“Wherever you are, when you meet someone for the first time, you’re trying to figure out who this person is,” Ripoll said. “On the first day, the students are thinking, ‘Who is this woman who is talking to me?’ They are anxious to know who you are, and so after you tell them who you are, they relax.”
Winning over the students by setting the tone in the first few classes is crucial, she said. “I think you have to be the model of a curious human being. If you’re not curious, the students won’t be either. And I say human being, because that’s all you are, and they should know that.”
Think of each term as an adventure, where teacher and students progress from what students know to what they will be taught, she said. “For example, in my economic development class, the first day, I ask them to write about, ‘Why do poor countries have problems developing?’ This is what the class is all about. This is the big picture.”
She then prepares the students to watch a video that theorizes an answer to that question by asking the class to write down key words they hear and to keep in mind their own answers to the question. This keeps students engaged in the video instead of being passive viewers.
After the class sees the video Ripoll asks them: What facts in the video are new to you? What questions are not answered? What side of the argument do you identify with?
Beginning each class early in the term with a “hello question” is a good strategy, she said. “Basically, you are asking them, ‘What do you know? What do you bring here?’ You don’t need to know the whole answer, but you are allowed to know something,” she said. “Write what they say on the board; if their thoughts are written down, they feel part of the class, and it encourages them to say things,” she suggested.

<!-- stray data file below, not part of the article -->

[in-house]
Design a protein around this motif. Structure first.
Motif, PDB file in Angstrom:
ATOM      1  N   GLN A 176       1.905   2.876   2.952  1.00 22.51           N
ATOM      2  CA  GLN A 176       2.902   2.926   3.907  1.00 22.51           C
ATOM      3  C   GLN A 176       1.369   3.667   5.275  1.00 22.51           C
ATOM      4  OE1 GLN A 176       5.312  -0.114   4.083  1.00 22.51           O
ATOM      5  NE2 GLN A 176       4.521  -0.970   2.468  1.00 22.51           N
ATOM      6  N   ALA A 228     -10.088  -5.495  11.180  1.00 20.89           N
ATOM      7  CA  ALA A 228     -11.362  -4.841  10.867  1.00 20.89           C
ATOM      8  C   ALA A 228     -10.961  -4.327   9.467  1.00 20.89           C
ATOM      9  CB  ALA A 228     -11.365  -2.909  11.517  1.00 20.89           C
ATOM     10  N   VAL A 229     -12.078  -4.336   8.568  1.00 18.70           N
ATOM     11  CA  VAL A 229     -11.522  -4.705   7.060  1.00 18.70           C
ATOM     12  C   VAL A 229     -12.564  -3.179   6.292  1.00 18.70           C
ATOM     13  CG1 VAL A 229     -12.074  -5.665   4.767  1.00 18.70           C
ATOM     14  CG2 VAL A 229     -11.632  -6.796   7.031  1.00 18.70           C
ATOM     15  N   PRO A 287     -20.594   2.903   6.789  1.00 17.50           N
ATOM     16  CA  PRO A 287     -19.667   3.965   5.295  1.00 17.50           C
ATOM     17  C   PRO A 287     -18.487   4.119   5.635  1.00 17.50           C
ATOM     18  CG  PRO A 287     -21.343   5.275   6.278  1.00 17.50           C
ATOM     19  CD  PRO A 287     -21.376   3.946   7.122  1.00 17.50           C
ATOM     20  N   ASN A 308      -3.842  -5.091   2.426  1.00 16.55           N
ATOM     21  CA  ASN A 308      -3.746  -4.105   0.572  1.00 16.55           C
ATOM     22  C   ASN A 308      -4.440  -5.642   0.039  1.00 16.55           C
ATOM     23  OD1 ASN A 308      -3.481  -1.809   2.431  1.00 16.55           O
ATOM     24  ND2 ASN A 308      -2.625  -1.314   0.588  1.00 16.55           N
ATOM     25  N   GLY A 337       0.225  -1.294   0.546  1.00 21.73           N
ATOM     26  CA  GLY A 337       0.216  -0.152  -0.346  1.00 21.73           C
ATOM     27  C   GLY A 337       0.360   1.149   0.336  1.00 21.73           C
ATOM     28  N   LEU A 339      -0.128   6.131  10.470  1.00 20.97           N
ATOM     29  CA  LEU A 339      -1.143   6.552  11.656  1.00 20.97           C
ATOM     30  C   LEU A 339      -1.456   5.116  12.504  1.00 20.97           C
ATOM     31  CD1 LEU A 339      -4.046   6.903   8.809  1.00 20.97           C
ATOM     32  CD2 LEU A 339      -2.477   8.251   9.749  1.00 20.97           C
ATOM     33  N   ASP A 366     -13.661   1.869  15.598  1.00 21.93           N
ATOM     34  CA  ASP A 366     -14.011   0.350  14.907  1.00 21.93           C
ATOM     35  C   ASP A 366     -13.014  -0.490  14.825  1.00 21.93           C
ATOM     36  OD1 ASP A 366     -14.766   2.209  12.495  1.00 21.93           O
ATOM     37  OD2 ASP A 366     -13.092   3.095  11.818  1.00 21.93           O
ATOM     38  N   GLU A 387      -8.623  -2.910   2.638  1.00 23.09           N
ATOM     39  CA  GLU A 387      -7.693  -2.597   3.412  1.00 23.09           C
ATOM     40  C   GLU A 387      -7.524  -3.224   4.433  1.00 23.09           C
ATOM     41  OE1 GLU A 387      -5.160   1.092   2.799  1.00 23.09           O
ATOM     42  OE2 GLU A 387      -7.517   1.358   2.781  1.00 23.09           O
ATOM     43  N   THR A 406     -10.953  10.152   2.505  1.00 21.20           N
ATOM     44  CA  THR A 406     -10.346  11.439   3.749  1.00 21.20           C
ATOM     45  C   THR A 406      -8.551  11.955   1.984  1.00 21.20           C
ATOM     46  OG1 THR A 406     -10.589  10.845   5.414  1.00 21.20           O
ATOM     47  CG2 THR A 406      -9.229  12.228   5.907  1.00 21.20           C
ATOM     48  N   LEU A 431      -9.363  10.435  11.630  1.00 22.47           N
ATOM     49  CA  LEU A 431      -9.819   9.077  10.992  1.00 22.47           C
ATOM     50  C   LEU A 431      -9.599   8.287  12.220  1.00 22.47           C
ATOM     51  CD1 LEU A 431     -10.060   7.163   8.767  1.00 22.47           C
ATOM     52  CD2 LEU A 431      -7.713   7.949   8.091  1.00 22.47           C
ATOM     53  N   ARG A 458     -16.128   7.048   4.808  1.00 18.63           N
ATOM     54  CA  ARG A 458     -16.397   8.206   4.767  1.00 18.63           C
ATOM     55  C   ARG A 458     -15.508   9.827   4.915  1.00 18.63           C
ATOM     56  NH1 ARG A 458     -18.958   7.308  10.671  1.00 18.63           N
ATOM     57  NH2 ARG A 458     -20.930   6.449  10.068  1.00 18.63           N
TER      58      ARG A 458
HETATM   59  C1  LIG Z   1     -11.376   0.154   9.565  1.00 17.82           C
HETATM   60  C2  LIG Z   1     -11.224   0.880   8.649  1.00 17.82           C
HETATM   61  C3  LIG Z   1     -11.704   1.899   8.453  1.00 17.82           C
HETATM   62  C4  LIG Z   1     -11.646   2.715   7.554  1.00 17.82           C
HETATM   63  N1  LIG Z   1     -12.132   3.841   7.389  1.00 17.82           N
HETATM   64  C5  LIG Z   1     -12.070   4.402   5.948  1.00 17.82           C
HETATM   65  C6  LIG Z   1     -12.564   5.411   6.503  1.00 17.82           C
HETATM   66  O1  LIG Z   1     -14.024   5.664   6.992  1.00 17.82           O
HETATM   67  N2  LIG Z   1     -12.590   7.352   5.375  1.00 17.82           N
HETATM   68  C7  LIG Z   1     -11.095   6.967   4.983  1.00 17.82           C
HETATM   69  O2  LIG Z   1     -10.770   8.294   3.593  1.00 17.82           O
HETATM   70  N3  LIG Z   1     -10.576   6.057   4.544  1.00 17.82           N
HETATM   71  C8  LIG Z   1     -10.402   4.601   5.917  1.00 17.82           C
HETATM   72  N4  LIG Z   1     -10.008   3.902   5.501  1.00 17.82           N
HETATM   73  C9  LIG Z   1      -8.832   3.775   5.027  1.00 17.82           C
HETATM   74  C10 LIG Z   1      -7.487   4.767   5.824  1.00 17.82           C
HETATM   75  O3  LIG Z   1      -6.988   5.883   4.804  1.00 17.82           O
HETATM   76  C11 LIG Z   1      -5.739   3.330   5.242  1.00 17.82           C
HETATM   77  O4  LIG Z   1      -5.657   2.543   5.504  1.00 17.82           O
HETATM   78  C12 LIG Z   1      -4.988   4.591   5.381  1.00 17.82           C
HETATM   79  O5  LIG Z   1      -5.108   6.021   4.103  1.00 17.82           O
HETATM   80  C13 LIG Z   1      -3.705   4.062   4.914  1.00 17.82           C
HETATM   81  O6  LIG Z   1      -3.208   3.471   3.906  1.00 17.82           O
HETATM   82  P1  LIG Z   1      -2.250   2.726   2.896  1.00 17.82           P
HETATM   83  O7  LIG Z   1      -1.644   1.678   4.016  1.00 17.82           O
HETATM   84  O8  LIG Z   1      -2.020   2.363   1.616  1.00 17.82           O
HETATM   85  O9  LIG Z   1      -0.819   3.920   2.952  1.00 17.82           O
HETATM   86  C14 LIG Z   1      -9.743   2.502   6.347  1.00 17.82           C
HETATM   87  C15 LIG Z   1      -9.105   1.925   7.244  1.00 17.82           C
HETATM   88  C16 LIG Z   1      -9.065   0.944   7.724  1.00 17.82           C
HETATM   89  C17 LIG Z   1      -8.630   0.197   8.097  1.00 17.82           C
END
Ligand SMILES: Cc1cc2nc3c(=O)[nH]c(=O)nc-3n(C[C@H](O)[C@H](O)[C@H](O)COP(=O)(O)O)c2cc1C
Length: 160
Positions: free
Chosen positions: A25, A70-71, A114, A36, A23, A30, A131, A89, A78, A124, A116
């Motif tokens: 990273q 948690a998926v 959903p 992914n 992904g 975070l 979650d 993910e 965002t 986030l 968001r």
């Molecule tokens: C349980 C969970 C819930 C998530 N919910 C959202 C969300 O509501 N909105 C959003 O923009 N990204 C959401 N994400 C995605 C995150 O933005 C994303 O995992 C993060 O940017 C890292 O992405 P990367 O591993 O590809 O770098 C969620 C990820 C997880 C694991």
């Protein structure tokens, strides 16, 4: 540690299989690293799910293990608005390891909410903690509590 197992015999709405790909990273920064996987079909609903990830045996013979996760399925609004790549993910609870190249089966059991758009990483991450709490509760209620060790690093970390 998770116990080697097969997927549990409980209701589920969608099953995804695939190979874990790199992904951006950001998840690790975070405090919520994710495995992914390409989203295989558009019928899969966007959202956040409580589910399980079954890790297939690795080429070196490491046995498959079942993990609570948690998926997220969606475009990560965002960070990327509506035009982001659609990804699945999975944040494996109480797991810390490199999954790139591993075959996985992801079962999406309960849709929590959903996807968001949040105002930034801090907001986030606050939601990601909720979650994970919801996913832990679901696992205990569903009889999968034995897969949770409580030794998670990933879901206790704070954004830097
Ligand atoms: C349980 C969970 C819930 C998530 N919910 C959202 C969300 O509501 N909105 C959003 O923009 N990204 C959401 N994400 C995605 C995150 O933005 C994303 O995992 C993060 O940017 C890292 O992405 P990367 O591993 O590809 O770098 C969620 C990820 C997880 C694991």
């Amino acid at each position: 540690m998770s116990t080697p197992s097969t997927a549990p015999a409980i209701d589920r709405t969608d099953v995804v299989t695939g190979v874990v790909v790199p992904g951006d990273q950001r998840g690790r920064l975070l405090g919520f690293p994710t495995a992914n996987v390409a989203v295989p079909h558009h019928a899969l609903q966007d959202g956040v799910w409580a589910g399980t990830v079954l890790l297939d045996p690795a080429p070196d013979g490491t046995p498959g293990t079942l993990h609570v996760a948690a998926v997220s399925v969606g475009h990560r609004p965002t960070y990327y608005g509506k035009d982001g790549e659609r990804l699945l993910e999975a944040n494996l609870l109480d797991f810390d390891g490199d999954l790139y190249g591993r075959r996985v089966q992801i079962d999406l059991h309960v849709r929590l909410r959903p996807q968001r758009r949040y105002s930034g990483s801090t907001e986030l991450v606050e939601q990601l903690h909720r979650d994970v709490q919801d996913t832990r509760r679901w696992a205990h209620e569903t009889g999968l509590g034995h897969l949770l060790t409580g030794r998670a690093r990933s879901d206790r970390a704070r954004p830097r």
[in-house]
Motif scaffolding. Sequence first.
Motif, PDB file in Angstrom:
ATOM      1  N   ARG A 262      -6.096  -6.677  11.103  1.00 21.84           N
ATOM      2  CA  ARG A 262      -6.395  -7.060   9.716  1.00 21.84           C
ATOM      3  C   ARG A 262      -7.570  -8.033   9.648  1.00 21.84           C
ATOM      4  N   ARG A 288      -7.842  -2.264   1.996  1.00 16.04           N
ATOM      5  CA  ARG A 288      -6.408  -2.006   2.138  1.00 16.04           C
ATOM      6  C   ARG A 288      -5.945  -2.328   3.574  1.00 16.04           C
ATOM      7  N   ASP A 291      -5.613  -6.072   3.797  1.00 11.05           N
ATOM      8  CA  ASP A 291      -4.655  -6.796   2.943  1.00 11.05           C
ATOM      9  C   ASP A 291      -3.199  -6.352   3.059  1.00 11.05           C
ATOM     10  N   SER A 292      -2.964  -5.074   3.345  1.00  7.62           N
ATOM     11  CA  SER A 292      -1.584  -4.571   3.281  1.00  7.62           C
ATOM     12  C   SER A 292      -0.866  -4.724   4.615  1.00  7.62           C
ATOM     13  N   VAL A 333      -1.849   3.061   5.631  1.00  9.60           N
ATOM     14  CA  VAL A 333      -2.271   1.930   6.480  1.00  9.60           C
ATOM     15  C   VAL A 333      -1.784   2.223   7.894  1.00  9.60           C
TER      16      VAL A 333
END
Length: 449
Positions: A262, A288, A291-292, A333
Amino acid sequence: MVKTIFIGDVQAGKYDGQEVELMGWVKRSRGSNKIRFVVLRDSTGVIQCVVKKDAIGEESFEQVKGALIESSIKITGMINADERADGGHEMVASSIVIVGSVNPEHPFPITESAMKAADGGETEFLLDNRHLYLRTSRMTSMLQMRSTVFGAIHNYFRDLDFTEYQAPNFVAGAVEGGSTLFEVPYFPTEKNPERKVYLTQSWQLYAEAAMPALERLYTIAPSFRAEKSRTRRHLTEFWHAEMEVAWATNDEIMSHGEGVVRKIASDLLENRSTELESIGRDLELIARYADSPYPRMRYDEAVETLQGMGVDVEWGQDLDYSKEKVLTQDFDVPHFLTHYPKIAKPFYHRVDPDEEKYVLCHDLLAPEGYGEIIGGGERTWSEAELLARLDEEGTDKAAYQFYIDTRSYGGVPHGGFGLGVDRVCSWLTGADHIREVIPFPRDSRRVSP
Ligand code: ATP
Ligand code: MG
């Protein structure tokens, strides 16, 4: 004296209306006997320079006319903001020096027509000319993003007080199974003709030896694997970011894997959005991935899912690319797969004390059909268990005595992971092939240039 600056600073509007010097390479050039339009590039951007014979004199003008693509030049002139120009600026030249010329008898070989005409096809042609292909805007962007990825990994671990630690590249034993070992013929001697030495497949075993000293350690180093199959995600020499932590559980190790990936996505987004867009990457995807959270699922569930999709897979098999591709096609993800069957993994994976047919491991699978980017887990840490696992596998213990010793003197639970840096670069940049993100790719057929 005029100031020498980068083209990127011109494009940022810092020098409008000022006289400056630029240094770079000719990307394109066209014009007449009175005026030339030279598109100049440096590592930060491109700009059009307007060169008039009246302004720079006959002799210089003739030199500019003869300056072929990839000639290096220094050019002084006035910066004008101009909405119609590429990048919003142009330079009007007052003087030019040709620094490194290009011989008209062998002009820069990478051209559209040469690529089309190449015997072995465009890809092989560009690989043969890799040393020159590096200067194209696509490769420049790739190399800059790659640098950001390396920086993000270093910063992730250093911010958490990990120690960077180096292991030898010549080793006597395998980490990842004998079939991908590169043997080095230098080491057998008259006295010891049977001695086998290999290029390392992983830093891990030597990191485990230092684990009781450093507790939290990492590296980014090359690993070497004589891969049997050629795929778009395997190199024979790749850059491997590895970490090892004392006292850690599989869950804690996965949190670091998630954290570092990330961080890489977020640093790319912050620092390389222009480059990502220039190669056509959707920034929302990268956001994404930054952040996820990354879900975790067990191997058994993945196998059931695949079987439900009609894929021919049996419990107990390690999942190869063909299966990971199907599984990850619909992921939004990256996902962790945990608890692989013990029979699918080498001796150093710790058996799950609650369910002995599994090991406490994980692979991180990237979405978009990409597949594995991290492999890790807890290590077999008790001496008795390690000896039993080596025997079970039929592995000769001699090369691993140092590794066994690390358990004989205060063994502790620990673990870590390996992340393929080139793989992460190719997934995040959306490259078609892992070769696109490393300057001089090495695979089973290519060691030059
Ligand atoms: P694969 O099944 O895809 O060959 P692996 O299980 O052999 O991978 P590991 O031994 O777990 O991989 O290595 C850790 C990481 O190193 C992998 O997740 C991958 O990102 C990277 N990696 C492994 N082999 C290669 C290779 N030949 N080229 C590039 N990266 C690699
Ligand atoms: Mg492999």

“Then after a few classes, start by saying, ‘Let’s remember together what we covered last time.” This re-establishes connections with the students and the material; it helps summarize important concepts; it creates continuity, and it continues the class on the path toward the big picture, she said.
“Preferred questions are those that have more than one answer, questions with more than one characteristic,” Ripoll said, “because different people will remember different things.”
This lets more than one person answer, and it helps avoid having the class dominated by a few students. “For example, ‘Do you remember a recession in the U.S. in the last century?’ Of course, there were many recessions, so you get different answers, and you can begin comparing what was different about the recessions they remember.”
A particular issue in economics is to get students interested in theory, she said. “You have to get students to like models, to convince students that models are created to offer some insight, to sell them on the idea that models were created by human beings to examine some important questions.”
Students don’t buy into this easily, she said. They don’t like hearing that in a complex world, they have to approach problems by extracting details.